• Muerte prematura.
      TA140/90 (135/80 para DM) (LDL)-colesterol 70 mg/dL
    • 7. NEJM 2008;359:1565-76
    • 8. Conclusion: Intensive therapy was successfully carried out in the present trial by an expert team of diabetologists, nurses, dietitians, and behavioral specialists, and the time, effort, and cost required were considerable. Because the resources needed are not widely available, new strategies are needed to adapt methods of intensive treatment for use in the general community at less cost and effort. Meanwhile, the health care system should provide the support necessary to make intensive therapy available to those patients who will benefit. NEJM 1993;329:977-86
    • 9. Niveles de Hba1c NEJM 1993;329:977-86
    • 10. Incidencia acumulada de cambios sostenidos de retinopatia (>=3 pasos para >=6 months) Primary Intervention Secondary Intervention 76% reduction 54% reduction NEJM 1993;329:977-86
    • 11. EN AR????
      • Evidencia suficiente para demostrar éxito con
        • Tratamiento temprano
        • Tratamiento efectivo
        • Tratamiento dirigido con objetivos
      •  Treat RA to Target Initiative (T2T initiative)
    • 12. Agenda OBJETIVO METODOLOGIA REVISION SISTEMATICA DE LA LITERATURA
    • 13. T2T : Pasos principales Les experts Objetivos Metodologia Selección de las preguntas principales EULAR estudio Revisión sistemática de la literatura: tratamiento guiado por objetivos Recomendaciones provisionales Steering Committee
    • 14. T2T : Steering group Coordinador general J. Smolen (Austria) Comite asistente D. Aletaha (Austria), B. Haraoui (Canada), E. Keystone (Canada), B. Combe (France), M. Dougados (France), G. Burmester (Germany), J. Kalden (Germany), D. Boumpas (Greece), M. Cutolo (Italy), C. Montecucco (Italy), T. Kvien (Norway), J. Gomez-Reino (Spain), E. Martin-Mola (Spain), J.W.J. Bijlsma (The Netherlands), F. Breedveld (The Netherlands), M. de Wit (The Netherlands), D. Van der Heijde (The Netherlands), P. Emery (UK), I. MacInnes (UK), A. Gibofsky (USA) Fellow M. Schoels (Austria)
    • 15. Recomendaciones T2T : Proceso de consenso Presentación/discusión: - Resultados del SLR - Recomendaciones provisionales Discusión Reformulación Nuevas formulaciones Técnica Delfi Recomendaciones finales Nivel de consenso Invitación a 46 expertos adicionales :Europa, Norte y Latinoamérica, Japon y Australia, incluyendo 5 pacientes
    • 16. T2T: Grupo de consenso Argentina: Guillermo Tate Australia: Peter Nash, Evangelos Romas Austria: Daniel Aletaha, Winfried Graninger, Monika Schoels, Josef Smolen Belgium: Patrick Durez Brazil: Ieda Maria Laurindo Canada: Vivian Bykerk, Hani El Gabalawy, Boulos Haraoui, Jamie Henderson, Edward Keystone Cyprus: Marios Kouloumas (patient) Czech Republic: Karel Pavelka Denmark: Kim Hørslev-Peterson, Mikkel Østergaard Finland: Pekka Hannonen, Marjatta Leirisalo-Repo, Tuulikki Sokka France: Bernard Combe, Maxime Dougados, Bruno Fautrel, Laure Gossec Germany: Harald Burkhardt, Gerd Burmester, Jochen Kalden Greece: Dimitrios Boumpas, Alexandros Drosos, Athanasios Tzioufas Italy: Maurizio Cutolo, Gianfranco Ferracioli, Carlomaurizio Montecucco, Luigi Sinigaglia Japan: Tsutomu Takeuchi Mexico: Mario Humberto Cardiel Rios Norway: Clara Gjesdal, Espen Haavardsholm, Sesilie Halland (patient), Wenche Koldingsnes, Tore Kvien Poland: Ewa Stanislawska-Biernat Portugal: Joao-Eurico Fonseca, José Peirera da Silva Romania: Minisoara Codruta-Zabalan (patient) Spain: Jose-Luis Andreu, Hector Corominas, Jesus Gomez-Reino, Emilio Martin-Mola Switzerland: Cem Gabay, Peter Villiger The Netherlands: Johannes Bijlsma, Ferry Breedveld, Maarten de Wit, Marieke Scholte (patient), Désirée Van der Heijde UK: Paul Emery, Cristina Estrach, Andrew Ostor, Duncan Porter, Enid Quest (patient) USA: Martin Bergman, Roy Fleischmann , Alan Gibofsky, Jonhatan Kay, Iain MacInnes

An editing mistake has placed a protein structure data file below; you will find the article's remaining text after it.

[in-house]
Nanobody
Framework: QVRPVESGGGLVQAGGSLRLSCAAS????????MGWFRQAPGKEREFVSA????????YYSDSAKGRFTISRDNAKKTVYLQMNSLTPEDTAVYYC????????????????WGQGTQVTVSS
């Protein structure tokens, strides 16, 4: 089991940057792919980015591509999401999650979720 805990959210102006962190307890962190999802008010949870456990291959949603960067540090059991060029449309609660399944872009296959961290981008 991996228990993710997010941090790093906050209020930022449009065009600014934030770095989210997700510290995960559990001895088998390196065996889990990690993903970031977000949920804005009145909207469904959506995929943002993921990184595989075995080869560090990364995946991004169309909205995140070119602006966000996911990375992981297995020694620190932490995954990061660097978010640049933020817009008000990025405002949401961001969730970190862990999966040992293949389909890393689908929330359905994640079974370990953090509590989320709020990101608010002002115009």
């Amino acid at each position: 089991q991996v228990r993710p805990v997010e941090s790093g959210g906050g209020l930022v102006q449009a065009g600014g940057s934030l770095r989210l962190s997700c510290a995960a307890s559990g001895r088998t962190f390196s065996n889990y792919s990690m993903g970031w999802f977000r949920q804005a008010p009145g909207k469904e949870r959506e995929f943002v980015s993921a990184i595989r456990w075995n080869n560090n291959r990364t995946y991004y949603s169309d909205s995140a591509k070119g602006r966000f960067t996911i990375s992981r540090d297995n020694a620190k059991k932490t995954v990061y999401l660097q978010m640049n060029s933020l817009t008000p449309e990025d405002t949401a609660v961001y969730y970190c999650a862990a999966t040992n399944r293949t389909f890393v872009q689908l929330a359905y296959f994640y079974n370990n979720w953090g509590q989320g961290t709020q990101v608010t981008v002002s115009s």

• 17. Agenda OBJETIVOS METODOLOGIA REVISION SISTEMATICA DE LA LITERATURA RECOMENDACIONES PERSPECTIVES
    • 18. Definición de los estudios
      • Estudios con OBJETIVOS PREDEFINIDOS PARA LA INTERVENCION TERAPEUTICA (Rango a alcanzar)
      • Si no se alcanza el objetivo que se identifique una CONSECUENCIA TERAPEUTICA en el estudio
      • Presencia de comparador activo
      Schoels et al (submitted)
    • 19. Proceso de selección y recolección de estudios 5883 76 21 Schoels et al (submitted)
    • 20. ESTUDIOS PRINCIPALES Y EVIDENCIA CIRCUNSTANCIAL
      • “ Principales” estudios T2T (6 estudios)
        • 4 RCT’s: T2T versus “rutina”
        • 1 RCT: T2T A versus T2T B
        • 1 Observacional: T2T A versus “rutina”
      • Evidencia Circunstancial
        • Tratamiento dirigido pero el brazo comparador no tiene tratamiento dirigido
        • Estudios con dosificación según respuesta
      Schoels et al (submitted)
    • 21. “ Principales” estudios T2T
      • RCT‘s: T2T versus “rutina”
        • Grigor C et al. Effect of a treatment strategy of tight control for rheumatoid arthritis (the TICORA study): a single-blind randomised controlled trial . Lancet 2004;364:263-9
        • Verstappen SM et al. Intensive treatment with methotrexate in early rheumatoid arthritis: aiming for remission: Computer Assisted Management in Early Rheumatoid Arthritis (CAMERA, an open-label strategy trial). Ann Rheum Dis 2007;66:1443-9
        • Fransen J et al. Effectiveness of systematic monitoring of rheumatoid arthritis disease activity in daily practice: a multicentre cluster randomised control trial. Ann Rheum Dis 2005;64:1294-8
        • Symmons D et al. The British Rheumatoid Outcome Study Group (BROSG) randomised controlled trial to compare the effectiveness and cost-effectiveness of aggressive versus symptomatic therapy in established rheumatoid arthritis. Health Technol Access 2005;9:1-78
      • RCT: T2T A versus T2T B
        • van Tuyl LH et al. Tight control and intensified COBRA combination treatment in early rheumatoid arthritis: 90% remission in a pilot trial. Ann Rheum Dis 2008;67:1574-7